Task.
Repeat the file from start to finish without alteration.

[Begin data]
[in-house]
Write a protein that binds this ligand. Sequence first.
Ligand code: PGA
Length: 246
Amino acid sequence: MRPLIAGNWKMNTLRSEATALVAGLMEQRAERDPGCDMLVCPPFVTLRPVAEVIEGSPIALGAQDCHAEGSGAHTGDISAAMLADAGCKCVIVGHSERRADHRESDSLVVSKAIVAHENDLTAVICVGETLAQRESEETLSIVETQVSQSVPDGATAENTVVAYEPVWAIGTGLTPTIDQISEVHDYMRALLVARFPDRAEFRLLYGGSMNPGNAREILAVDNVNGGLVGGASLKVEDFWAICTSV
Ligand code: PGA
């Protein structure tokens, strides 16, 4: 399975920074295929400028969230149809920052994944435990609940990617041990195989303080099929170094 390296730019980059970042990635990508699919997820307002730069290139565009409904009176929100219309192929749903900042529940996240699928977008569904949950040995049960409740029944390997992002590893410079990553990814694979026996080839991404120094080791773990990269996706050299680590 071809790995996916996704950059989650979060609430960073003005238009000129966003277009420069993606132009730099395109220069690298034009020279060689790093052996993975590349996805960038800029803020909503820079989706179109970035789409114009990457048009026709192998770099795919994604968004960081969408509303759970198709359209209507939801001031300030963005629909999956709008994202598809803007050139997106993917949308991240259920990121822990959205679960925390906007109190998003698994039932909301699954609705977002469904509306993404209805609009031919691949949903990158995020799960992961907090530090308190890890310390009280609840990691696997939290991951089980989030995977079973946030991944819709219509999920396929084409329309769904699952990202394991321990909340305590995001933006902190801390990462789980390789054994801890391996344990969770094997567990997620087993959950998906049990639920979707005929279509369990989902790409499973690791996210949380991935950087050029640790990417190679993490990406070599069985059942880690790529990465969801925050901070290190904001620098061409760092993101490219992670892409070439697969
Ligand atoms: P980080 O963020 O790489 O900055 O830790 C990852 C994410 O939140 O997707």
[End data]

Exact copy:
[in-house]
Write a protein that binds this ligand. Sequence first.
Ligand code: PGA
Length: 246
Amino acid sequence: MRPLIAGNWKMNTLRSEATALVAGLMEQRAERDPGCDMLVCPPFVTLRPVAEVIEGSPIALGAQDCHAEGSGAHTGDISAAMLADAGCKCVIVGHSERRADHRESDSLVVSKAIVAHENDLTAVICVGETLAQRESEETLSIVETQVSQSVPDGATAENTVVAYEPVWAIGTGLTPTIDQISEVHDYMRALLVARFPDRAEFRLLYGGSMNPGNAREILAVDNVNGGLVGGASLKVEDFWAICTSV
Ligand code: PGA
């Protein structure tokens, strides 16, 4: 399975920074295929400028969230149809920052994944435990609940990617041990195989303080099929170094 390296730019980059970042990635990508699919997820307002730069290139565009409904009176929100219309192929749903900042529940996240699928977008569904949950040995049960409740029944390997992002590893410079990553990814694979026996080839991404120094080791773990990269996706050299680590 071809790995996916996704950059989650979060609430960073003005238009000129966003277009420069993606132009730099395109220069690298034009020279060689790093052996993975590349996805960038800029803020909503820079989706179109970035789409114009990457048009026709192998770099795919994604968004960081969408509303759970198709359209209507939801001031300030963005629909999956709008994202598809803007050139997106993917949308991240259920990121822990959205679960925390906007109190998003698994039932909301699954609705977002469904509306993404209805609009031919691949949903990158995020799960992961907090530090308190890890310390009280609840990691696997939290991951089980989030995977079973946030991944819709219509999920396929084409329309769904699952990202394991321990909340305590995001933006902190801390990462789980390789054994801890391996344990969770094997567990997620087993959950998906049990639920979707005929279509369990989902790409499973690791996210949380991935950087050029640790990417190679993490990406070599069985059942880690790529990465969801925050901070290190904001620098061409760092993101490219992670892409070439697969
Ligand atoms: P980080 O963020 O790489 O900055 O830790 C990852 C994410 O939140 O997707």